james love 28 january 2008 unu mert kei workshop on prizes maastricht the netherlands n.
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Designing Prizes

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  1. James Love 28 January 2008 UNU-MERT/KEI Workshop on Prizes Maastricht, the Netherlands Designing Prizes

  2. WHA60.30 Public health, innovation and intellectual property 3. REQUESTS the Director-General: (4) to encourage the development of proposals for health-needs driven research and development for discussion at the Intergovernmental Working Group that includes a range of incentive mechanisms including also addressing the linkage of the cost of research and development and the price of medicines, vaccines, diagnostic kits and other health-care products and a method for tailoring the optimal mix of incentives to a particular condition or product, with the objective of addressing diseases that disproportionately affect developing countries;

  3. Sequential/Follow-on Innovation

  4. Product development races • As science evolves and confidence grows regarding possible solutions, firms may begin development of similar products. • To the extent that sooner is better than later, simultaneous development has benefits. • Some projects may fail • Uncertainty regarding guest approach

  5. S.2210 approach does not discourage racesSEC. 9. PRIZE PAYMENTS FOR MEDICAL INNOVATION. (c)(2)‏ • The benchmark is to products “not recently developed:” • The incremental therapeutic benefit of the drug, biological product, or manufacturing process involved as compared to existing drugs, biological products, and manufacturing processes available to treat the same disease or condition, except that the Board shall provide for cases where drugs, biological products, or manufacturing processes are developed at roughly the same time, so that the comparison is to products that were not recently developed.

  6. When products are introduced at roughly the same time, benchmarks are to older product, not to each other. • However, since rewards are related to utilization, the new products, developed at roughly the same time, will compete against each other for prize money. • Each of the new products will be benchmarked against the older standard, and rewarded for the impact on health outcomes (a function of utilization). • If one drug is used rarely and the other product used more frequently, rewards will be skewed to the one used more frequently

  7. Valuing first and second movers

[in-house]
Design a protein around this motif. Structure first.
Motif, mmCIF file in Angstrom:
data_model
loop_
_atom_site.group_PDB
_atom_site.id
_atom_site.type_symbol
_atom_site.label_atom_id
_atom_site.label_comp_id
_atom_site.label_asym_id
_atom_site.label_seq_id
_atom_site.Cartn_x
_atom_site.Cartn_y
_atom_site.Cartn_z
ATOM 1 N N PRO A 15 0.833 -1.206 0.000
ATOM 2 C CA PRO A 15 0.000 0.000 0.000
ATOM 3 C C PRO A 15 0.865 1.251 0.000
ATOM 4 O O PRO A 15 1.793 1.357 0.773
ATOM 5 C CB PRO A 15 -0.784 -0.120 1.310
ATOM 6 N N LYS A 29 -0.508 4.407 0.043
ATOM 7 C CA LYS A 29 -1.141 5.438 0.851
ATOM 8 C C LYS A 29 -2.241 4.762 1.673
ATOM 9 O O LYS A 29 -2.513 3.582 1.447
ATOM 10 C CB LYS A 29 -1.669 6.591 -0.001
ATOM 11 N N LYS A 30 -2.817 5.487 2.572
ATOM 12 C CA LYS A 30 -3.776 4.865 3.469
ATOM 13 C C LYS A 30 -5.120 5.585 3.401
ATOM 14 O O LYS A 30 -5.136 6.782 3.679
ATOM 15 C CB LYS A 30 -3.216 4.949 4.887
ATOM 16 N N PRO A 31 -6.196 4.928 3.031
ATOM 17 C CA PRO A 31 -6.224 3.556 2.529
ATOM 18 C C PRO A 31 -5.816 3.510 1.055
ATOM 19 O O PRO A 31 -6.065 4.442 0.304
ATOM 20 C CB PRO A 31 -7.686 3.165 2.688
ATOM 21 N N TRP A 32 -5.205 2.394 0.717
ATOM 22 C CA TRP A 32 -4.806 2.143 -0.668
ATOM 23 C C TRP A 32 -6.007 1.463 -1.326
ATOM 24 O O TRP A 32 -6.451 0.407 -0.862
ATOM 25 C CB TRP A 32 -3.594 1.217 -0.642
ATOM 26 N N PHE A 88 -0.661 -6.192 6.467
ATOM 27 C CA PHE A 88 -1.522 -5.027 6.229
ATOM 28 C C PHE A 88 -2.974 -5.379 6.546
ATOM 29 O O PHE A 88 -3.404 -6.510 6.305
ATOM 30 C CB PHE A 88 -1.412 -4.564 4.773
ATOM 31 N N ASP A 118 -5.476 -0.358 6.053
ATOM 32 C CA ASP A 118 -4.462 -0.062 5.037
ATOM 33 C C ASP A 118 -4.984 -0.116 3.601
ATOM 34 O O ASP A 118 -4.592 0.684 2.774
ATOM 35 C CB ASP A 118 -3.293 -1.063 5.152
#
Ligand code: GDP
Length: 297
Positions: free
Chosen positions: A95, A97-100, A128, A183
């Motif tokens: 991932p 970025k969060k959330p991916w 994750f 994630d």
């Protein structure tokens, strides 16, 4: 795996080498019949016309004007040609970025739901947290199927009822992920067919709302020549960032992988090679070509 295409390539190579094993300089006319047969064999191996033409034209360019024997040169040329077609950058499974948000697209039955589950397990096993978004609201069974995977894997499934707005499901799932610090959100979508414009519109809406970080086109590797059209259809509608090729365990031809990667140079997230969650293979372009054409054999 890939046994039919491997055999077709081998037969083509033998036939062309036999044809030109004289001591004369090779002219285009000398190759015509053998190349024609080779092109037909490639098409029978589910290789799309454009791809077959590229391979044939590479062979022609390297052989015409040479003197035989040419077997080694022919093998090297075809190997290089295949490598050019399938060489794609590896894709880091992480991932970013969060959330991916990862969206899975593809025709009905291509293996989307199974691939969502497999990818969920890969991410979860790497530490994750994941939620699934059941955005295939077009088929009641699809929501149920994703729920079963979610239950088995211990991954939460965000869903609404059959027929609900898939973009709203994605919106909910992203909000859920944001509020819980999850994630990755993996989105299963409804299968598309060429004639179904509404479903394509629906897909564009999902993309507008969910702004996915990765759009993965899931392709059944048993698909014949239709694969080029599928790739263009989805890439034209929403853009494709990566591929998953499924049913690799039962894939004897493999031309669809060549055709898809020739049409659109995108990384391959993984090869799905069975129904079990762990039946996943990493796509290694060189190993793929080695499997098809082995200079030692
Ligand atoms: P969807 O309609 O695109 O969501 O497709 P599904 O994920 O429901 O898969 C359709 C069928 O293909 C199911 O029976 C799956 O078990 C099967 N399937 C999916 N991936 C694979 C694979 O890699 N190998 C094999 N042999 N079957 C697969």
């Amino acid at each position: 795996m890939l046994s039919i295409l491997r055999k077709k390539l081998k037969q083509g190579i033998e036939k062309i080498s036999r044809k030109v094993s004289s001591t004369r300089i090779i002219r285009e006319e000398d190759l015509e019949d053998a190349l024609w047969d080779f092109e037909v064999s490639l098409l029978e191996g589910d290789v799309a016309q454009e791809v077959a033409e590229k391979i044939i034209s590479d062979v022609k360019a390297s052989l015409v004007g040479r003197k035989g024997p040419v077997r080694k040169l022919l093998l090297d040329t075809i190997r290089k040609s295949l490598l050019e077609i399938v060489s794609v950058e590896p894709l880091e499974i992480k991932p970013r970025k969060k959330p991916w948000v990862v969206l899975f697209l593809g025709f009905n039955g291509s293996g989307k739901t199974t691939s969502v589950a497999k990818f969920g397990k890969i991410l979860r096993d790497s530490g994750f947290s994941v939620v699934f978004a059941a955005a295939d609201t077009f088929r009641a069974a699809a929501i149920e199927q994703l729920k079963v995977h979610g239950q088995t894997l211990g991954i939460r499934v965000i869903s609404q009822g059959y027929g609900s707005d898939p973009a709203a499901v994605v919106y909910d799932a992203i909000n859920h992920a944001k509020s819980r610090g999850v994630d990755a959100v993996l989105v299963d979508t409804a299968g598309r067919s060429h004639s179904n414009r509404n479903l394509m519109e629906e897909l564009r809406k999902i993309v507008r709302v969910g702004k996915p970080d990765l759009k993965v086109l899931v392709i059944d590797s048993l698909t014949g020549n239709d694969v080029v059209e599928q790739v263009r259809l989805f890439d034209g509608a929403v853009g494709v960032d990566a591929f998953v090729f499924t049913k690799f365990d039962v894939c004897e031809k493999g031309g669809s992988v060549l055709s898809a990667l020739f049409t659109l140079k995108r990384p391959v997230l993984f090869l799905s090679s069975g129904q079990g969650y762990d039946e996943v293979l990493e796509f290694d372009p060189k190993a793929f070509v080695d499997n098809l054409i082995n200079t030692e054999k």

8. Stylized Example • Product 1 opens a new field with an efficacy of Z, and generates 1,000 * Z QALYs • Product 2 is a small modification of Product 1, and, with an efficacy of 1.05 * Z • Product 2 is better, and completely replaces Product 1 in the market, and generates 1,050 * Z QALYs • What should be the relative rewards for Products 1 and 2?

  9. Under current system • With patent enforced monopolies, the two innovations compete. • With only competition based upon quality, returns to Product 1 fall to zero, and returns to Product 2 are higher than the returns to Product 1. • Incentives are large for so called “me too” products. • If differences in quality of products is perceived to be unimportant, and competition focusing on price only, returns to Product 1 falls. • If marketing drives utilization, costly marketing wars dissipate returns to both companies.

  10. S.2210 approach • SEC. 9. PRIZE PAYMENTS FOR MEDICAL INNOVATION.(d) (1) • In cases where a new drug, biological product, or manufacturing process offers an improvement over an existing drug, biological product, or manufacturing process and the new drug, biological product, or manufacturing process competes with or replaces the existing drug, biological product, or manufacturing process, the Board shall continue to make prize payments for the existing drug, biological product, or manufacturing process to the degree that the new drug, biological product, or manufacturing process was based on or benefitted from the development of the existing drug, biological product, or manufacturing process.

  11. 1st and 2nd • Even with zero market share • Rewards to Product 1 based upon 1,000* Z QALY • Even with 100 percent market share • Rewards to Product 2 based upon 50 * Z QALY

  12. What about shoulders of giants? • Possible to require that a portion of the prize money goes to the people outside of the team that played a role in advancing the science. • Only give this money to entities that have published or disclosed information.

  13. A strictly proportional (to QALYs) reward structure may not be optimal

  14. Other valuation issues • Society values for treatments for a variety of reasons, including contingencies • Bioterroism • Treatments for SARS or Avian Flu • Antibiotics • Techniques such as option pricing models can be used to value the availability of products for possible health needs. • The value of Antibiotics can be better evaluated with a prize than a price, and without creating incentives for inappropriate use.

  15. Period of evaluation • On the one hand, you want enough to gather adequate information about the value of the products • On the other hand, you don't want to force investors to wait too long. • S.2210 uses a 10 year period, of annual assessments, which is similar to the expected period of monopoly under current system. A somewhat longer period, such as 15 years, would be reasonable.

  16. Design of TB Diagnostic Test Prize • Prize for test that is both effective and can be manufactured for less than a certain price ($2)? • In the interim, Identify annual prize questions/challenges. (such as Netflix, various French prize competition, etc). • Set-aside a portion of grant funds for annual prizes for teams that make the most progress.